These anecdotes and statistics — more than twice as many bank robberies in 2009 than the year before; criminals perhaps fearing a dye pack less than the potentially shotgun-wielding clerk at a convenience store — do begin to make one wonder about just how difficult it is to pull off a heist. Is a bank robbery — a federal crime investigated by both local police and the FBI, prosecuted in federal court, and subject to federal penalties — in fact, easier than a run-of-the-mill robbing of a store?
It likely depends on whom you work for, as well as what you believe the motivating factor is in committing a robbery.
Isaiah Gant, who works for the Federal Public Defender’s Office and has defended four alleged bank robbers in the past year, including Wilson, said he doesn’t think the comparison is relevant, since most bank robbers aren’t considering those ramifications.
“This is a crime typically committed by very desperate people, people who need money. If they go to a liquor store or a gas station, you’re not sure if they’ll have any money,” Gant said. “You go to a bank, you know they will.”
Or, Metro police spokeswoman Kristin Mumford: “Not speaking as an expert, but just from my personal point of view, it would seem to be about the same. Someone walks in, demands the money, and walks out.”
Finally, there’s Detective Keith Sutherland, a 17-year veteran who works on the FBI’s Violent Crimes Task Force in Nashville, the unit primarily responsible for investigating bank robberies in the region. He said it’s a tough comparison to make as a result of the disparity in the numbers.
In 2008, the most recent year for which the Tennessee Bureau of Investigation’s departmental crime data is available, there were 14 bank robberies reported by Metro police out of 483 total commercial robberies. Bigger categories included convenience stores (68), gas stations (68), restaurants (75), and hotels/motels (73). In previous years, there are similar disparities. In 2005, Nashville experienced its highest number of bank holdups in recent memory with 48. That same year, there were 726 total commercial robberies.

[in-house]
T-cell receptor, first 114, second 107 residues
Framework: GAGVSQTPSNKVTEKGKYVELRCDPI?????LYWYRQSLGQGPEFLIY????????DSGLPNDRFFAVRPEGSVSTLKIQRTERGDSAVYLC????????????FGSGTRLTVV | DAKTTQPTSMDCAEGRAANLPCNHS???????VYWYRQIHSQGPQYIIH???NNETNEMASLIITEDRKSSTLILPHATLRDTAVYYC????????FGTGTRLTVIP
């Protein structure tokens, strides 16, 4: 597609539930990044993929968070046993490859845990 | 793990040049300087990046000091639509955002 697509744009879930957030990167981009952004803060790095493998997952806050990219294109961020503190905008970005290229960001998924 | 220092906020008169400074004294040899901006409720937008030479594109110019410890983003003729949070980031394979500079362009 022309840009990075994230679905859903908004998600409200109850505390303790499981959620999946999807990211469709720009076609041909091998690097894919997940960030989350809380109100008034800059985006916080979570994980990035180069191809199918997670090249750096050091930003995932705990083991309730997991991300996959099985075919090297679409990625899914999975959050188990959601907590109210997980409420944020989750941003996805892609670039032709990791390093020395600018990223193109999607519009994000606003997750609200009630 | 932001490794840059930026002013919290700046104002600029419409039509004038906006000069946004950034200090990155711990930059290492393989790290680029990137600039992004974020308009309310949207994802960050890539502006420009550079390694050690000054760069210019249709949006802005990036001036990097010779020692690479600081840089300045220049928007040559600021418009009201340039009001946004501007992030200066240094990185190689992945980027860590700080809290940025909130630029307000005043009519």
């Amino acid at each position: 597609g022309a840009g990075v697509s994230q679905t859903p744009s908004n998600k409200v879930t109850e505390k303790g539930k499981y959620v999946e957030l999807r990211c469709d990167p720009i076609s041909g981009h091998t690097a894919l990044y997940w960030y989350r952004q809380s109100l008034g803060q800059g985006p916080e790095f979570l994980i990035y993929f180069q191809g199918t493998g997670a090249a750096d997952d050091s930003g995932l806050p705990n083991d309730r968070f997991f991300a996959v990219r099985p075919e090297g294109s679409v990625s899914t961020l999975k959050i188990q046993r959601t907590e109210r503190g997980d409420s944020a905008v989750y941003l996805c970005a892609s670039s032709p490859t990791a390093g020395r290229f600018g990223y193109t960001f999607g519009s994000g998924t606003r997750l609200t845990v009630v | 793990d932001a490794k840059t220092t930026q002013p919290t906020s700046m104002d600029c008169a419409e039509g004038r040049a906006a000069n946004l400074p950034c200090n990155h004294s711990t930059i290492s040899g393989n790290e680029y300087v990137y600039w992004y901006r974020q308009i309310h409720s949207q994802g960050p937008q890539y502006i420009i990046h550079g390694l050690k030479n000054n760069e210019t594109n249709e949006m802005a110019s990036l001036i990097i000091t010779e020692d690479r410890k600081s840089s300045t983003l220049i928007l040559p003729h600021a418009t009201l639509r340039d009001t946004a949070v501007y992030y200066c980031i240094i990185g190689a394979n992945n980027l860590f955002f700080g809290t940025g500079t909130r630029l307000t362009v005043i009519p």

A more telling statistic may be the success rate of bank robbers, at least in the initial commission of the crime. According to the TBI and FBI, all of 2008’s 14 bank robberies in Nashville were completed. In 2007, it was 27 out of 30. In contrast, Metro police reported 68 convenience store robberies in 2008, 10 of which were attempted but not completed, 15 out of 89 in 2007. While that may not seem like a huge distinction, police reports tend to indicate that while employee resistance often stops store robberies, it is almost always circumstance that stops bank robberies.
“Obviously, you have to have compliance to have a bank robbery as opposed to an attempted bank robbery, which is a separate charge,” Sutherland said. “I can’t think of any situation off the top of my head where [bank employees] haven’t complied, beyond just not having enough time to comply before a robber became nervous and left.”
That may be due to a common, if rarely uttered, industry practice of training bank clerks not to resist a robbery attempt so as to ensure the safety of the customers and staff. This publication’s inquiries confirming this common-knowledge policy — it made national news last summer when a clerk at a Seattle Key Bank branch was fired for stopping a robbery — were almost universally stonewalled, with bank employees citing the sensitivity of security information. A spokesman for the Bank of Nashville, however, was able to acknowledge that his employer does indeed train its staff to comply. He could not speak for any other bank.
And while the vast majority of convenience store and gas station robbers use weapons (usually guns), the yearly average for weapons use in a bank robbery is usually less than 50 percent. That may be out of fear that some store proprietors — more apt to be employed by local owners or be owners themselves, and thus less subject to corporate policy than bank employees — will defend their property with a gun. But Sutherland said he thinks it’s because these robbers know the law.
“If it’s proven that a weapon was used in a federal crime, it’s an additional charge on top of the robbery. It’s two separate charges,” he said.
Gant doesn’t buy that characterization. Bank robbery, he said, is not typically a crime that involves careful premeditation.
“This is a crime of opportunity,” he said. “Most of the people I’ve defended, it was something that happened over a lunch hour, when they needed money at that specific moment. They don’t know the law. Most of these people are not career bank robbers. They are not people who ever said, ‘I want to grow up to be a bank robber.’ ”